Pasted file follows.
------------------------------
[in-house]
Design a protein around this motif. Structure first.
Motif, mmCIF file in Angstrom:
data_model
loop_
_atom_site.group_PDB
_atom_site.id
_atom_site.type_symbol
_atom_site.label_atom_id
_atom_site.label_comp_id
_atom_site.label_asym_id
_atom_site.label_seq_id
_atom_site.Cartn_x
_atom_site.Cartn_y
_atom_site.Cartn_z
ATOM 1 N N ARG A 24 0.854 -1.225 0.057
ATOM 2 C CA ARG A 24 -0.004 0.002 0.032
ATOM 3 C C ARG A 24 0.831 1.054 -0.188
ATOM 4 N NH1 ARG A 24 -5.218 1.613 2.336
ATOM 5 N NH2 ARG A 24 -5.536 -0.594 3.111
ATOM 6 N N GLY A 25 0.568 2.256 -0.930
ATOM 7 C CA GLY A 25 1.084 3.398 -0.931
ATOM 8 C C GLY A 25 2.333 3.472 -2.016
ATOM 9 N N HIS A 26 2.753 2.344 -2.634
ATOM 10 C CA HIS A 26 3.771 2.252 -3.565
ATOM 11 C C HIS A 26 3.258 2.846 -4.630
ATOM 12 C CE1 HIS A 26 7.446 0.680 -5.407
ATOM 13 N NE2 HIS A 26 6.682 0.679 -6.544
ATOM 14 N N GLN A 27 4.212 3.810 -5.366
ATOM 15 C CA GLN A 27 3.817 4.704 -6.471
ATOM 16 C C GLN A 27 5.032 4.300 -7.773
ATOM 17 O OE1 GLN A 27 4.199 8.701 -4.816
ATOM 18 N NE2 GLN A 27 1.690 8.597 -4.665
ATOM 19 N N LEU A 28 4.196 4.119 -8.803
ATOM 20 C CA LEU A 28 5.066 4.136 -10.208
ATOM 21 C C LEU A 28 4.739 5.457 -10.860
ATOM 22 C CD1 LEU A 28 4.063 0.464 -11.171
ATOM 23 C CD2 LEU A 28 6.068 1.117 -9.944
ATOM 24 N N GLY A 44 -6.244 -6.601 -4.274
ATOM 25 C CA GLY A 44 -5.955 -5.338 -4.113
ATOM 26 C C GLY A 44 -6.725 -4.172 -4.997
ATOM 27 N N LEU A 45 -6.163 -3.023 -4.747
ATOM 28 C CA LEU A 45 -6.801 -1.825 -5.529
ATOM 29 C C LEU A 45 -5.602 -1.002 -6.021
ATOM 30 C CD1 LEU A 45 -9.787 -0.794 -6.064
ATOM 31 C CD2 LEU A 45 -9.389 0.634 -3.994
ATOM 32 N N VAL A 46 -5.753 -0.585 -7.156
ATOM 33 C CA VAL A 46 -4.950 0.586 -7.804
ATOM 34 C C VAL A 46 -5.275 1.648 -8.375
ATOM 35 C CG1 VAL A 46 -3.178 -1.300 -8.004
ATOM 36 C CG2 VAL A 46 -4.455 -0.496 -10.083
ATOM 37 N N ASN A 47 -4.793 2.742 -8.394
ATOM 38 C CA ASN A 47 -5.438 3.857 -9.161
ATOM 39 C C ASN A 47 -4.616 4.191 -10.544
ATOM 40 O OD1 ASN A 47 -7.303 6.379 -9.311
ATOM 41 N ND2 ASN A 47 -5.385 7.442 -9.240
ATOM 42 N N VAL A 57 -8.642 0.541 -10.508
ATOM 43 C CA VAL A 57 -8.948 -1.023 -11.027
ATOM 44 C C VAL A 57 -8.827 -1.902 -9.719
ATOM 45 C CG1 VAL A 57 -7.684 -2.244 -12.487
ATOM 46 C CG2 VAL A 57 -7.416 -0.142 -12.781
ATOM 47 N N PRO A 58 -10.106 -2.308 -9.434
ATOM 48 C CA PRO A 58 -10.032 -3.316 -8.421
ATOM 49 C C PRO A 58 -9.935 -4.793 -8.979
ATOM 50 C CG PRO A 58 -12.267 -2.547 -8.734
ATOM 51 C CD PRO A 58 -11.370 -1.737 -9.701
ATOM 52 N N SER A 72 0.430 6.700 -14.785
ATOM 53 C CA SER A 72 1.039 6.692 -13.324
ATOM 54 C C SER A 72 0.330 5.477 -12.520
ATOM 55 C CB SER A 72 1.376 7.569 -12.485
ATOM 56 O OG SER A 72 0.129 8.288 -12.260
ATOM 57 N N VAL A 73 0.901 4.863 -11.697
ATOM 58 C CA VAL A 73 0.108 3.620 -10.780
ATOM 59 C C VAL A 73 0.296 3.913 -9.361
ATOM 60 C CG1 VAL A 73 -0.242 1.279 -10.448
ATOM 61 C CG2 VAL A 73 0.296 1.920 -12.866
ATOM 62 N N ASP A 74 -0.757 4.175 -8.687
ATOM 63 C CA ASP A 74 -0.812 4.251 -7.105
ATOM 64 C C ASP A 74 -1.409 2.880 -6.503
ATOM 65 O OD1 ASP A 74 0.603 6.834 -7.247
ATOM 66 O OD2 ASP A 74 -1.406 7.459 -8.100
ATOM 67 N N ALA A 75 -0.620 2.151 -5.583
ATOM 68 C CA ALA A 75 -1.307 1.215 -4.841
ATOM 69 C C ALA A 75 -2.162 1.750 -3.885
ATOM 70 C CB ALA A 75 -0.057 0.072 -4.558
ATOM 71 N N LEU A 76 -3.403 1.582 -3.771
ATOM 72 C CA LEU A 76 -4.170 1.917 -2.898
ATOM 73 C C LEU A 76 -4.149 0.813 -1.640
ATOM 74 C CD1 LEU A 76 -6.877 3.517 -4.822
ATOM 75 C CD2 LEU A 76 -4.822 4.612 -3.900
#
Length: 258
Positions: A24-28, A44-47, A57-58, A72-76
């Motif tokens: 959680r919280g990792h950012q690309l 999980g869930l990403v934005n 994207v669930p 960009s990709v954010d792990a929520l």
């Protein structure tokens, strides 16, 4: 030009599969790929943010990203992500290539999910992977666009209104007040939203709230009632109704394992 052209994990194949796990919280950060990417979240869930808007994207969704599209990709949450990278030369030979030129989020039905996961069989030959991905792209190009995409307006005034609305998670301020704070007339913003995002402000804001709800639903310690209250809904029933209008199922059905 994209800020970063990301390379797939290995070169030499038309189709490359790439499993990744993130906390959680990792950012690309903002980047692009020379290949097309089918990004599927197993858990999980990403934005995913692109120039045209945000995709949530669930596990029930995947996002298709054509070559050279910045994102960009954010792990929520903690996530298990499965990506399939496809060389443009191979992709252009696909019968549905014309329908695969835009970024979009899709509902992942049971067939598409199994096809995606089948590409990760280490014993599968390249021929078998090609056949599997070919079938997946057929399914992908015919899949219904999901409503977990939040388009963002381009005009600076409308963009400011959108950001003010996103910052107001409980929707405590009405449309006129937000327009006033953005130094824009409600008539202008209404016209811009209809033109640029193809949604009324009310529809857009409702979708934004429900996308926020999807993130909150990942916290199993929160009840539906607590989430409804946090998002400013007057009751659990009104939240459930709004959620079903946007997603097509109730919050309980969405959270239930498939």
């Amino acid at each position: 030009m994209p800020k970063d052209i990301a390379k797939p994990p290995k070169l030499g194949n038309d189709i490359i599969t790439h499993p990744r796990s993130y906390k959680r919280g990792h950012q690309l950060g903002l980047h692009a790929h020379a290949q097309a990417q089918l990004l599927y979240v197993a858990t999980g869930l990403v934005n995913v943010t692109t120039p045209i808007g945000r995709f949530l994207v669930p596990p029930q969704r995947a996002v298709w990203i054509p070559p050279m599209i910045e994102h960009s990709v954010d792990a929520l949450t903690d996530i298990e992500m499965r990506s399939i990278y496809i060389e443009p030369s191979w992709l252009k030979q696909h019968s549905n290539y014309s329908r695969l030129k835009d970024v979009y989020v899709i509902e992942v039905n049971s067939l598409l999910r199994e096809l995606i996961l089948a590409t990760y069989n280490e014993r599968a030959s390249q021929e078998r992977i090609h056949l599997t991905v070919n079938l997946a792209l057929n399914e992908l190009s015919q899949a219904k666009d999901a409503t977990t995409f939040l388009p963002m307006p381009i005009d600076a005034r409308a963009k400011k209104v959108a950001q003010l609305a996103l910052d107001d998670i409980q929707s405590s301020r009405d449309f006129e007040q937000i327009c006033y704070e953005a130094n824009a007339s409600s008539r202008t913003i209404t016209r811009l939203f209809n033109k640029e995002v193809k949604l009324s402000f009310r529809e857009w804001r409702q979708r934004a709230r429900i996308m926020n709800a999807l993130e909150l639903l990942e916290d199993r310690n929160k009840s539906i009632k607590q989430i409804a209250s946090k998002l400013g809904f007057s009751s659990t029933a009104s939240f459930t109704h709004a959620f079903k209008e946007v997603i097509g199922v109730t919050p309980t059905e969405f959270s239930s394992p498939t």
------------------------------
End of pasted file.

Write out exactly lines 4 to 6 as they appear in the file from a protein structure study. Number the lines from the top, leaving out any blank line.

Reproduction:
data_model
loop_
_atom_site.group_PDB